Our hotel was quite close to Checkpoint Charlie, so we went there first thing following breakfast on June 26. I'm old enough to remember the fall of the Berlin Wall quite vividly, it was rather awesome at times to just step across a former border. They had forecast daytime highs of 37 C (99 F), so during the hottest part of the day, we visited the German Museum of Technology. Interesting, if rather exhausting because the air conditioning couldn't keep up with the demand. We had eaten a reasonably filling lunch at the museum, and when we finally got to our hotel around 7 p.m. after an exhausting walk in the late afternoon heat, both my son and I refused to go further than the grocery store on the other side of the street from our hotel to get a snack before bed and to buy more bottles of water.

The next morning (June 27) we had a long drive ahead of us, as we went from Berlin through Poland to Kaunas, Lithuania (nearly 1,000 kilometers). There we had a room in a tiny hotel (20 rooms), which was very difficult to find, because our satnav kept trying to get us to use streets that were blocked for repairs, in spite of us having updated the software just before we left for our trip. Well, finally we got there with the help of Google Maps and a bit of luck. Fortunately temperatures were much more reasonable, around 22 C during the day. But we took a fairly early start the next day as well, so I mostly got to see Kaunas through the windscreen of our car...

The next morning (June 28) we left right after breakfast for our final long drive to Tallinn. We paused for lunch in Latvia, and at the border with Estonia, we stopped at a liquor store catering mainly to tourists. Latvia has a lower alcohol tax than even Estonia, so booze was cheap. We had to put our suitcases on the back seat, because the trunk of our car was full of beer and cider. :P/> Once we'd arrived in Tallinn, we checked in to our hotel and went for a walk in Old Town. It's been wonderfully restored following the end of the Soviet era, some of the houses look like they're made of candy. We had pizza in an outdoor restaurant in the central square. It was quite chilly, really, but that didn't bother me following the heat of Berlin.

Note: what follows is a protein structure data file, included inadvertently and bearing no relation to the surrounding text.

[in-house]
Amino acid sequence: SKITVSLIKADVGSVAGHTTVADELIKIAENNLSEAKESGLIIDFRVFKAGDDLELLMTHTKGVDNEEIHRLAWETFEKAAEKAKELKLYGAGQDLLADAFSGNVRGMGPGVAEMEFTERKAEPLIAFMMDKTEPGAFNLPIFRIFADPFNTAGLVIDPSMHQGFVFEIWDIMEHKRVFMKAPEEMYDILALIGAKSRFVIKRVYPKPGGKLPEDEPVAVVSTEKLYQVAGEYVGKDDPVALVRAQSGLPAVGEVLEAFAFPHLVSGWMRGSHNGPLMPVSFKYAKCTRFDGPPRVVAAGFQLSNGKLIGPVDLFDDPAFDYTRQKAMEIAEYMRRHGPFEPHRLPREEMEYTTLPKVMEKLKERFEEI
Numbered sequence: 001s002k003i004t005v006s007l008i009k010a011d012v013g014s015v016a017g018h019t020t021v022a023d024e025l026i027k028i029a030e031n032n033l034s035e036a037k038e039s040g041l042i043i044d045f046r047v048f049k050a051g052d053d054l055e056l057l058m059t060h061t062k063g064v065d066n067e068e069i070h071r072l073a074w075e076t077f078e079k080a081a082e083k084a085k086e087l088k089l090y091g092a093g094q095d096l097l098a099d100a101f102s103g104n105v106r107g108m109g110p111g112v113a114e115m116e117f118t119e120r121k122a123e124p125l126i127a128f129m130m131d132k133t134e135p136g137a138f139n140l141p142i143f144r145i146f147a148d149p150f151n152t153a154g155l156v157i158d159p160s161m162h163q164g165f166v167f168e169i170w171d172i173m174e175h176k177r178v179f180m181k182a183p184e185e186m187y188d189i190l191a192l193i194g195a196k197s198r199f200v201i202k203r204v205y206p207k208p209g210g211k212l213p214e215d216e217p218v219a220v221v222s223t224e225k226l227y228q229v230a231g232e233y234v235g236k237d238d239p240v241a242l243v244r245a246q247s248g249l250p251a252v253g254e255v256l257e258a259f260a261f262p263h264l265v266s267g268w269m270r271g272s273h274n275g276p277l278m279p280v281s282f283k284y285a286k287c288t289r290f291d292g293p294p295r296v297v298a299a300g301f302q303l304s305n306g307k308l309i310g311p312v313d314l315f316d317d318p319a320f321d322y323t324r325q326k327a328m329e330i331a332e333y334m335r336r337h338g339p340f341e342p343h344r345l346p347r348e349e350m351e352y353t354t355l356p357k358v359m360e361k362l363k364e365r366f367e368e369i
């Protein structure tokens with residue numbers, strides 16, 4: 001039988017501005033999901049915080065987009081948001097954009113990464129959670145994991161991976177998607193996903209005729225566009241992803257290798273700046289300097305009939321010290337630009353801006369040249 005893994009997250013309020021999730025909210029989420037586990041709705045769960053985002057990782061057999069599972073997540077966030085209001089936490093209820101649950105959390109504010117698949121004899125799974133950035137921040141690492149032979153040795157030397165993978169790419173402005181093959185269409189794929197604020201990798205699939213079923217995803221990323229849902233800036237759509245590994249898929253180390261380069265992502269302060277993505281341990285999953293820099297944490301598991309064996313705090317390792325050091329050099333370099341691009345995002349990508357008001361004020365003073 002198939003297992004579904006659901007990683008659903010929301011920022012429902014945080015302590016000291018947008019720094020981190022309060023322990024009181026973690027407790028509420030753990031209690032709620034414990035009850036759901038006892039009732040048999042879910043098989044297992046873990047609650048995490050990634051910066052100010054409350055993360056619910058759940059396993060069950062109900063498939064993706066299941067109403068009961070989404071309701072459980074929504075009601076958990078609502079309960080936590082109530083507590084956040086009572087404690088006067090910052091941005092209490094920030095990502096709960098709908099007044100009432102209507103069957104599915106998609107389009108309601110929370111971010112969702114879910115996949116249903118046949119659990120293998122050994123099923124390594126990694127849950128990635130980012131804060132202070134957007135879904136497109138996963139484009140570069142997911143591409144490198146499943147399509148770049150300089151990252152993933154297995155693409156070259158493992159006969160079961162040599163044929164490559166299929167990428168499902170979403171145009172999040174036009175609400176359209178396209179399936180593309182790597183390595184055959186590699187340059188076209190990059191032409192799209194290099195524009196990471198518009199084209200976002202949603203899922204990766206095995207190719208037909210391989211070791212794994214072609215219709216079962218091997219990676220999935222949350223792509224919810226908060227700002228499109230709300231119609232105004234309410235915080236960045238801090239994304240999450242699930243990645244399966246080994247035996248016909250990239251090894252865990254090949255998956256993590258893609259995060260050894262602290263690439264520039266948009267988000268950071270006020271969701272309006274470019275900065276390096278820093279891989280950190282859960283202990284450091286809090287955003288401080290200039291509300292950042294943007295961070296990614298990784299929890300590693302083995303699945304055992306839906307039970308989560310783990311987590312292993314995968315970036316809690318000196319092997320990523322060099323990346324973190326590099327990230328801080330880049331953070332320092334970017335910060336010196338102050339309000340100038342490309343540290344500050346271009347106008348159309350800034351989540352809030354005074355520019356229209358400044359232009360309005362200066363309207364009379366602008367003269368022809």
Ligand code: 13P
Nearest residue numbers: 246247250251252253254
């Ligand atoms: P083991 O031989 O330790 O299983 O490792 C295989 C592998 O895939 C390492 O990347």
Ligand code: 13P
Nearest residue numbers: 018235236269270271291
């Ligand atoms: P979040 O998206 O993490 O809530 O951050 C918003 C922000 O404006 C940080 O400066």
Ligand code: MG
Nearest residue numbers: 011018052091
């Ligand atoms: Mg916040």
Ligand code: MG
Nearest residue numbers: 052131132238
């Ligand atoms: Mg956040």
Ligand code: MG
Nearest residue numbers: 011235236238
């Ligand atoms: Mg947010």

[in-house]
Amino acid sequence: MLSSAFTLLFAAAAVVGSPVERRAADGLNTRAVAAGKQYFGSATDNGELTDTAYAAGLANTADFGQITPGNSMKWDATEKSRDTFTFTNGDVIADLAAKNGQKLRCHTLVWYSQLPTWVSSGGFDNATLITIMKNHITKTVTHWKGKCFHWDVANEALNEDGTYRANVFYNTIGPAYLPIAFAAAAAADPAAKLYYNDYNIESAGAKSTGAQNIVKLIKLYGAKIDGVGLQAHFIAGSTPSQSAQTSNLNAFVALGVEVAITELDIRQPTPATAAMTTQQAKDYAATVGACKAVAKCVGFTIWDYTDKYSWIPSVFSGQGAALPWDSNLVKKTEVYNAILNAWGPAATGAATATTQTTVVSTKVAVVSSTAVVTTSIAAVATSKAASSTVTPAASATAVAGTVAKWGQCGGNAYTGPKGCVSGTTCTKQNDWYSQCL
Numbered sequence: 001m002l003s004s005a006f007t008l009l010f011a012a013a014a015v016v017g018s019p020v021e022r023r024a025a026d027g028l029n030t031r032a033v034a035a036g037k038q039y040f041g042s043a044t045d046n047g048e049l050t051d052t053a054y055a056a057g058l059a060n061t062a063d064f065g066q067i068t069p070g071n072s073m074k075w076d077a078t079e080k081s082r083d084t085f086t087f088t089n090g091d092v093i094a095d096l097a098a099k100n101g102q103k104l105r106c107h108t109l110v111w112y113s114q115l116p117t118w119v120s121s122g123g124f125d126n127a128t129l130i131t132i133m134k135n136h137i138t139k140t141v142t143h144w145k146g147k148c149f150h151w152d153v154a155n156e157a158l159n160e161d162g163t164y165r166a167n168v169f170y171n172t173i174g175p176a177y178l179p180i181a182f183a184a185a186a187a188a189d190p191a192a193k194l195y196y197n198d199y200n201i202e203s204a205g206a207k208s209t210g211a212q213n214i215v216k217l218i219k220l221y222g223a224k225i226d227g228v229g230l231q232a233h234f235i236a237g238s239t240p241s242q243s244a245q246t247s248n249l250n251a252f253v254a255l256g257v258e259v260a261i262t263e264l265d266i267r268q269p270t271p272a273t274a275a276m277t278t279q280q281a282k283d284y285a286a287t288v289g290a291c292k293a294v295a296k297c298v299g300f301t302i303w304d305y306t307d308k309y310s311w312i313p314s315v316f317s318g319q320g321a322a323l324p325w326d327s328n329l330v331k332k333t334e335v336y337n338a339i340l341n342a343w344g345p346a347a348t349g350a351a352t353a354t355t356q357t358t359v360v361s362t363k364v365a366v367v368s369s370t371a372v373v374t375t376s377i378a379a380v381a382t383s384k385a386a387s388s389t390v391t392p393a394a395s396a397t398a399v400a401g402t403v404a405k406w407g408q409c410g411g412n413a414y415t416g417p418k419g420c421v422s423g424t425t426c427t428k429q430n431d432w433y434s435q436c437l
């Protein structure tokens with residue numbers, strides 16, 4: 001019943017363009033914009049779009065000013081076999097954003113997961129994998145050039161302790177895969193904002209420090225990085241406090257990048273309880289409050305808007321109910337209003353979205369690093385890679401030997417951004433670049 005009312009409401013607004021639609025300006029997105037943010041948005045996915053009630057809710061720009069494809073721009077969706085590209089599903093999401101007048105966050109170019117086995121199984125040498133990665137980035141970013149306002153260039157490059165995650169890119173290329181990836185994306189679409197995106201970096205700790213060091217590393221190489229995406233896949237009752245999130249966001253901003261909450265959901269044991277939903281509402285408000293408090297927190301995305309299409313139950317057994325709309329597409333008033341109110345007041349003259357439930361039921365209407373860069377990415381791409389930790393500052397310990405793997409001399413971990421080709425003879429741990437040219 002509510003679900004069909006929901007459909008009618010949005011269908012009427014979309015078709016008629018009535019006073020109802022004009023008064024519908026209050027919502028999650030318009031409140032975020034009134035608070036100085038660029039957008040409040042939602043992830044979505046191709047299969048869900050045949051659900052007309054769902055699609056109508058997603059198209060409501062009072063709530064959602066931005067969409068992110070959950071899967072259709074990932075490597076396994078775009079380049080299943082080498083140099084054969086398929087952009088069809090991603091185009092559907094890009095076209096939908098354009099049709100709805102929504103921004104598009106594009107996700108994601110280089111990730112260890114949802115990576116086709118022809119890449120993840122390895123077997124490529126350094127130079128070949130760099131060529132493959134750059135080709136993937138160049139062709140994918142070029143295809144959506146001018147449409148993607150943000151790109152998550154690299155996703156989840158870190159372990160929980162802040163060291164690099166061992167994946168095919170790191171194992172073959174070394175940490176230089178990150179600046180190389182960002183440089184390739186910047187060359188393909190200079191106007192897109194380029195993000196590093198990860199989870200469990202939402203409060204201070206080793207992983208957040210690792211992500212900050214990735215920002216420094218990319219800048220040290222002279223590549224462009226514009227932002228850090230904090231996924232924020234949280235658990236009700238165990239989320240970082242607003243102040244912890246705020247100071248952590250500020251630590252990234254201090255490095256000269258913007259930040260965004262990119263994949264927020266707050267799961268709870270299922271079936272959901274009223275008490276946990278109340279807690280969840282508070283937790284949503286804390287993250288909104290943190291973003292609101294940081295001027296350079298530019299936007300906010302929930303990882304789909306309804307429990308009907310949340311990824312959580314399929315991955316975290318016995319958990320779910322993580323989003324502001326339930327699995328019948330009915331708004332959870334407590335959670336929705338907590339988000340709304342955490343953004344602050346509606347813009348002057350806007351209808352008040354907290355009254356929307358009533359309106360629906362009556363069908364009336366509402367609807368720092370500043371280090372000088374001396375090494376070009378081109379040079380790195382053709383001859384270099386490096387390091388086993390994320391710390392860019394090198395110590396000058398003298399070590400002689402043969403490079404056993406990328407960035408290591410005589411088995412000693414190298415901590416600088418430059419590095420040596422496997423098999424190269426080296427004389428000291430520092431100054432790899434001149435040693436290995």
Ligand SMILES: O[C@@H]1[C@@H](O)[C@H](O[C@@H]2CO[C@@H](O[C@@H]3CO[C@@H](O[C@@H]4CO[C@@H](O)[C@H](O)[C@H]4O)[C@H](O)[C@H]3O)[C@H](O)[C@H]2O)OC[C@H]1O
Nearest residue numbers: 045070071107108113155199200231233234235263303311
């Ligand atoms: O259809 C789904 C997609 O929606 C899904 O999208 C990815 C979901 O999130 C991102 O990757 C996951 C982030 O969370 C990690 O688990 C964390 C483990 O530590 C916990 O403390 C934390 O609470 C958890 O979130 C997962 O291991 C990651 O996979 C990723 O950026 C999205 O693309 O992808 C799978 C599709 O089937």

This morning (June 29), we had a banana each for breakfast and headed for the ferry home... The trip was uneventful, although we had to take a circuitous route home, because the city center of Helsinki was pretty much blocked by the Helsinki Pride parade, with 100,000 attendees expected.

My Impressions

This was just a taste of most of the countries surrounding the Baltic Sea. I'd definitely like to go back, certainly Latvia and Poland deserve a second look, as we barely stopped there.

We've visited Denmark once before, three years ago, and Sweden, mainly Stockholm, several times, and my son and husband visited Tallinn last year without me. Of course, I've also traveled in Europe in my youth before meeting my husband. But Latvia Lithuania, Poland, and Germany were new places for me. I'd like to go again when our son is a bit older, and hopefully willing to try more exotic foods. For me, half the fun of visiting a new place is discovering its cuisine, but you can't do that if you stick to hamburgers, chicken nuggets and pizza for most of the trip...

I liked traveling this early in the season, when the crowds aren't overwhelming and you can easily book a hotel room at a day's notice. We literally decided our itinerary during our trip. Thank goodness for a portable computer and complementary Wi-fi in pretty much all hotels!

One thing that really struck me is the almost complete absence of English on signs and even ads in the Baltic states and Poland. I've heard foreigners say that English is just about the third official language of Finland (and Sweden, Norway and Denmark), and now I believe it. You see lots of English ads in the streets here, and even some official bulletins and signs, say when a street or popular tourist attraction has been closed for repairs.

I love, love, love the freedom of travel in the Schengen area. Driving from one country to the next was just as easy as crossing a state line in the US, no formalities at all. They only wanted to see my husband's passport at each hotel (because the rooms were booked in his name), and all of our travel documentation before boarding each ferry.